October 11, 2006

The Abyss Stares Back

Jose Padilla
"Whoever fights monsters should see to it that in the process he does not become a monster. And when you look long into an abyss, the abyss also looks into you."
-- Friedrich Nietzsche, Beyond Good and Evil 89, quoted at the beginning of
the argument section in the motion to dimiss charges against Jose Padilla

Jose Padilla is not a hero. At minimum, he is a man with a troubled, criminal past and a history of violence; at worst, he may be a radical Islamist terrorist bent on inflicting pain and death on the people of this country. But he is also a man whose fate will have profound impact on this nation and the way in which we act to protect - or diminish - human rights, and his case is worth re-examining with the recent passage of the Military Commissions Act.

In 2002, Padilla was accused of plotting to detonate a dirty bomb on U.S. soil. President Bush declared that he represented "a continuing, present, and grave danger to the national security of the United States," and designated him an "enemy combatant." An American citizen, he was imprisoned for three and a half years in a navy brig with no access to an attorney, and it was only when the Supreme Court indicated it was prepared to rule on that fact that he was even charged with a crime.

By 2005, allegations against Padilla - who was originally touted as having communicated with the top ranks of al-Qaeda - had dwindled to accusations that he had merely traveled across the Middle East and communicated with terrorist fundraisers. More recently, the government's last remaining terrorism count was thrown out, and the prosecution has struggled to provide substantial evidence against the accused. Now, Padilla's lawyer has filed a motion to dismiss the charges against him on the grounds of "outrageous government conduct." The basis for the motion is twofold: Jose Padilla was imprisoned without access to counsel; and he was tortured repeatedly during his incarceration.

This should be repeated: Jose Padilla, an American citizen, was locked up without access to an attorney and tortured for three and a half years.

Clearly, this violates every precept of the American judicial system. Habeas corpus, the right to a speedy, public trial is enshrined in the Sixth Amendment to the Constitution of the United States, within the Bill of Rights:
In all criminal prosecutions, the accused shall enjoy the right to a speedy and public trial, by an impartial jury of the state and district wherein the crime shall have been committed, which district shall have been previously ascertained by law, and to be informed of the nature and cause of the accusation; to be confronted with the witnesses against him; to have compulsory process for obtaining witnesses in his favor, and to have the assistance of counsel for his defense.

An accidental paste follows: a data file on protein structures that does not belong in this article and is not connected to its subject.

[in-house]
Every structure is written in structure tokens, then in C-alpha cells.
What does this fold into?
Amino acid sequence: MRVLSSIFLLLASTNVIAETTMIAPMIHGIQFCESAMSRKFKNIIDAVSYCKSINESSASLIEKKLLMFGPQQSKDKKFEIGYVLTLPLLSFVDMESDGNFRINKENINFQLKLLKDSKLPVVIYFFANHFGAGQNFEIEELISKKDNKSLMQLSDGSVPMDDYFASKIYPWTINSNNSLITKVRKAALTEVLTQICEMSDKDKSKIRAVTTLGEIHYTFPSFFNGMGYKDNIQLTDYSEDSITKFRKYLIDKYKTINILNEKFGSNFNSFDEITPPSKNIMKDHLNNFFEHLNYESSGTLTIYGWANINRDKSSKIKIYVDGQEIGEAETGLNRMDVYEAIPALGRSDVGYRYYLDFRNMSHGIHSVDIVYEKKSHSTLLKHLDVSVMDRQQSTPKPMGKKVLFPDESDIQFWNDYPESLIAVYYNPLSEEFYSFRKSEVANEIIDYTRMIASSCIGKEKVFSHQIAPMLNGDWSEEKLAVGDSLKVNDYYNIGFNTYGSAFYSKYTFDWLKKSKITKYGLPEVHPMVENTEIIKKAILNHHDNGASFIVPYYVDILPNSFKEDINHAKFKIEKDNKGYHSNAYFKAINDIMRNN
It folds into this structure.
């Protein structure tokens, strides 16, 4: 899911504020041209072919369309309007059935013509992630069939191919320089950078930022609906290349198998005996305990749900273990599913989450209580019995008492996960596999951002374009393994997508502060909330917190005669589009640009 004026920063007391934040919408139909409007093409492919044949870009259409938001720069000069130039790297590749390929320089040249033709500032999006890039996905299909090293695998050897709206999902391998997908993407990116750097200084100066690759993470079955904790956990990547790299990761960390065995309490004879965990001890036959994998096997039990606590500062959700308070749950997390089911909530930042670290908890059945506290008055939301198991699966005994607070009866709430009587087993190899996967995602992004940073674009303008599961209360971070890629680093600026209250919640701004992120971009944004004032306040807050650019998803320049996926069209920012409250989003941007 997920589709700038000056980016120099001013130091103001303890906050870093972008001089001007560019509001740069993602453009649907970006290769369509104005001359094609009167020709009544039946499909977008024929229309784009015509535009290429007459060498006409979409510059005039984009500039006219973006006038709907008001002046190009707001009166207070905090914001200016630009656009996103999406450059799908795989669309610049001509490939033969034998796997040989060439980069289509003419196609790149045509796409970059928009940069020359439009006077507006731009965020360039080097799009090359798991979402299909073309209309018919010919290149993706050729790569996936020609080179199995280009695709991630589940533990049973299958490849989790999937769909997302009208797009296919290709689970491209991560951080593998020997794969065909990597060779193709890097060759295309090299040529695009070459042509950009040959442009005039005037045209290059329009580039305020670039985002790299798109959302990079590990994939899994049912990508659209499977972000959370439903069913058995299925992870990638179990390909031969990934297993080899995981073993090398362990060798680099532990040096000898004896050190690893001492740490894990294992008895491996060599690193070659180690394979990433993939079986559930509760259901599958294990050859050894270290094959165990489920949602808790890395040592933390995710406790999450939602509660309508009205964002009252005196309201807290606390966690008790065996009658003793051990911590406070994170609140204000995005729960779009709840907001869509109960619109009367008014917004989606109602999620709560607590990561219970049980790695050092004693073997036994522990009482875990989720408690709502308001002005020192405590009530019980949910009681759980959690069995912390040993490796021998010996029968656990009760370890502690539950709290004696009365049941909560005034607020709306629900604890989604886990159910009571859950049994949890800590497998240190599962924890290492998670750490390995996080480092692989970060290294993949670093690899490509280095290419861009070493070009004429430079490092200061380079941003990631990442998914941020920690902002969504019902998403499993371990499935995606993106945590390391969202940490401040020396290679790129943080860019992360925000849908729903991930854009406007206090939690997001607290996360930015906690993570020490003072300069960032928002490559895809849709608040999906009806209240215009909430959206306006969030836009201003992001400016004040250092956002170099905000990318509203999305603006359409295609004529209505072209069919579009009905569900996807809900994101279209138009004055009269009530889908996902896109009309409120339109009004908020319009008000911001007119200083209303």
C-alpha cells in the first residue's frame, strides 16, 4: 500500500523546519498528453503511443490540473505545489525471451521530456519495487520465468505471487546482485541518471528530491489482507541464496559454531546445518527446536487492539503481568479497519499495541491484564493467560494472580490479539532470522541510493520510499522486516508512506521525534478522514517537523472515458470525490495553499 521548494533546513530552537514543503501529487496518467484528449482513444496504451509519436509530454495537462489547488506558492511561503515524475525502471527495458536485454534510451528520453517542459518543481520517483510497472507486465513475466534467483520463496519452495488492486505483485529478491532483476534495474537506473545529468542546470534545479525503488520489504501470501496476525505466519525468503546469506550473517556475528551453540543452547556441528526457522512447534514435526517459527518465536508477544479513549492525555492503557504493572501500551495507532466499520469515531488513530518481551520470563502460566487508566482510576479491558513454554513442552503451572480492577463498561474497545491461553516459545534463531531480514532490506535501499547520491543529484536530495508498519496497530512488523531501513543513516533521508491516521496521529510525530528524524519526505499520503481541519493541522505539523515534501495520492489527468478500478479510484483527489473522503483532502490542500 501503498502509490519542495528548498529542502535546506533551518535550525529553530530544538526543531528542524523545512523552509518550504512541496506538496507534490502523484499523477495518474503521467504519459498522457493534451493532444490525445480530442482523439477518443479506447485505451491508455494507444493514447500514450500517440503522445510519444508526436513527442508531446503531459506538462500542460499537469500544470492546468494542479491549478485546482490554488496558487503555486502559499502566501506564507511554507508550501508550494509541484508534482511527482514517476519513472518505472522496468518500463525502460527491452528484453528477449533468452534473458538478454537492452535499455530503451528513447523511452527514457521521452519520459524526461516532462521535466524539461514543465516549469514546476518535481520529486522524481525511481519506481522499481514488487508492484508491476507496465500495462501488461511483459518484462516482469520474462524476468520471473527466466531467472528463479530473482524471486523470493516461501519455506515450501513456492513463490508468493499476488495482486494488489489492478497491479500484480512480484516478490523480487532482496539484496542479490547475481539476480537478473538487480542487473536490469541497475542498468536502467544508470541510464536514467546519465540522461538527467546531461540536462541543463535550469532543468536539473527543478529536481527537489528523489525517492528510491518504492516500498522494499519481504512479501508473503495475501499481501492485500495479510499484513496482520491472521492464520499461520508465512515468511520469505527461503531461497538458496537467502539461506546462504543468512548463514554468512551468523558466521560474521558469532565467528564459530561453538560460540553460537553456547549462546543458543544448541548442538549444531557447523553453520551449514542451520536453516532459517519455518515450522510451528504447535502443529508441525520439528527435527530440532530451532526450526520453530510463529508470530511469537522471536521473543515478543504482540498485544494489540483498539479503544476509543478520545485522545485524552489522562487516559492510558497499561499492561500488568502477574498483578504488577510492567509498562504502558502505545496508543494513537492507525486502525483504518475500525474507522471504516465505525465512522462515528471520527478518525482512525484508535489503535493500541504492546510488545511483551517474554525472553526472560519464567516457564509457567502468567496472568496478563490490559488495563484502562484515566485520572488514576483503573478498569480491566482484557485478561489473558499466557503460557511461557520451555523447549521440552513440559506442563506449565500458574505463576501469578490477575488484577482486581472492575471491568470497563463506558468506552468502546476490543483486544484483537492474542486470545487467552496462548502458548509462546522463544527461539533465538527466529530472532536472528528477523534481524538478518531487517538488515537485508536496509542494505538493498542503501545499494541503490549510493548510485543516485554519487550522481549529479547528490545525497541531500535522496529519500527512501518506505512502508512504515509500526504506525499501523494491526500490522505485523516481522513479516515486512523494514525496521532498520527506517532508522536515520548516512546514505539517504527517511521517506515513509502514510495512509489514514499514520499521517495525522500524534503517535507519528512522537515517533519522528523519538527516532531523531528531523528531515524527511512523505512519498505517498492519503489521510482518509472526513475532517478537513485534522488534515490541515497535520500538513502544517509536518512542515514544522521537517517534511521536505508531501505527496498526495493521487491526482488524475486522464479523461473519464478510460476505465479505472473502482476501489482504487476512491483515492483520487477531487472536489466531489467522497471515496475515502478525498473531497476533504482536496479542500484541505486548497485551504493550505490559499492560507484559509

The account of Padilla's treatment contained in the motion is harrowing, and there are extensive excerpts at David Markus' Southern District of Florida Blog. Knowing that this has taken place in the United States, and that this very behavior has been sanctioned by new legislation should be gut-wrenching to anyone who cares about this country. As a police officer commenting at Glenn Greenwald's Unclaimed Territory concluded in her outstanding post :
If they are right and I am wrong then being American is little more than being situated in a certain place on the globe with no claim to moral authority beyond what can be enforced through bullets and bombs. Then we are little more than a street gang with assertions of control over our turf. Then we are truly lost.
In the end, it doesn't matter if Jose Padilla is a nice guy, the kind of man you'd like to date your daughter, or someone you'd welcome as a neighbor. What matters is that he is an American citizen, and more importantly, a human being. He is a human being who was denied the rights for which the founders of this nation went to war against colonial rule, and about which they stated in the Declaration of Independence:
We hold these truths to be self-evident, that all men are created equal, that they are endowed by their Creator with certain unalienable Rights, that among these are Life, Liberty and the pursuit of Happiness. --That to secure these rights, Governments are instituted among Men, deriving their just powers from the consent of the governed...
These unalienable rights are the basis for the United States of America, and they embody what has been honest and fair and great and uplifting about this nation. If Jose Padilla can be held against his will without recourse - in violation of everything for which we are supposed to stand - then so can anyone else.

As a people, we are judged by how well we live up to the principles we expound and to which we aspire, not just when it is easy to do so, but when it is hardest. By allowing our government to unjustly imprison and torture in our name we fail our nation and ourselves.

It is that simple.


Anonymous said...

Habeas Corpus-Don't Be Taken From Home Without It

Anonymous said...

Alright, so we realize this is bad and that something should be done. What? Have you given us any helpful suggestions for fixing the problem, or merely told us that there is one?